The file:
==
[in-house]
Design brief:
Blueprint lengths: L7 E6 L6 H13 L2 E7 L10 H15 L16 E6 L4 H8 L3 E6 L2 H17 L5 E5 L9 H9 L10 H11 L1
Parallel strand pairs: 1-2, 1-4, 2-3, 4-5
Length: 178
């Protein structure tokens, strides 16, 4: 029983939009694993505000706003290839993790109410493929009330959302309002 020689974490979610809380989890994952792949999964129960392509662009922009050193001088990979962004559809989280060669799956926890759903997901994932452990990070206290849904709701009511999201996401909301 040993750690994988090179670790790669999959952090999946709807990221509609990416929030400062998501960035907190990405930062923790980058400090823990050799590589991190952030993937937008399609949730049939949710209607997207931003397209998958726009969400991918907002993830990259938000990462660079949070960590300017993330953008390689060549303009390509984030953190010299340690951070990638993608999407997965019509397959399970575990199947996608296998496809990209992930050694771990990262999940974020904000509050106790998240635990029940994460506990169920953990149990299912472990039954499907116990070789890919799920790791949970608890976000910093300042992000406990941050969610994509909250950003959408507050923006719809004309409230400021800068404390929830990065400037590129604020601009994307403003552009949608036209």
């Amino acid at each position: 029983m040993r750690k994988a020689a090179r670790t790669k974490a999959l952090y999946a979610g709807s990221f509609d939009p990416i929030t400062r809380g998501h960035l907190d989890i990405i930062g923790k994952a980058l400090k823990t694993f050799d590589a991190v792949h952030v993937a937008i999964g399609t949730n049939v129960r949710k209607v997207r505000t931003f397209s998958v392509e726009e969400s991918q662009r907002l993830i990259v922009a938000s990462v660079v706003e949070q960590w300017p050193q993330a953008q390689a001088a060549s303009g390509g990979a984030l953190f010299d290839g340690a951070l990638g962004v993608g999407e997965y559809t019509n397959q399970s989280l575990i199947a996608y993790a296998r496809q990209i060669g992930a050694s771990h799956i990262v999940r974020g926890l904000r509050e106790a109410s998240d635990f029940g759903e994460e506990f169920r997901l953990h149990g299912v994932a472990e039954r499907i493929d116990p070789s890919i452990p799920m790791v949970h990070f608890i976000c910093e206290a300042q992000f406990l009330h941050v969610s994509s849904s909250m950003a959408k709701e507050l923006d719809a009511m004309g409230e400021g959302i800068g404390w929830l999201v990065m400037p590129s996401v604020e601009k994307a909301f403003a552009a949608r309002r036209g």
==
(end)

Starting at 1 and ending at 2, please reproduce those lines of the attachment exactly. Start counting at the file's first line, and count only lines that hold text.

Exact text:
[in-house]
Design brief: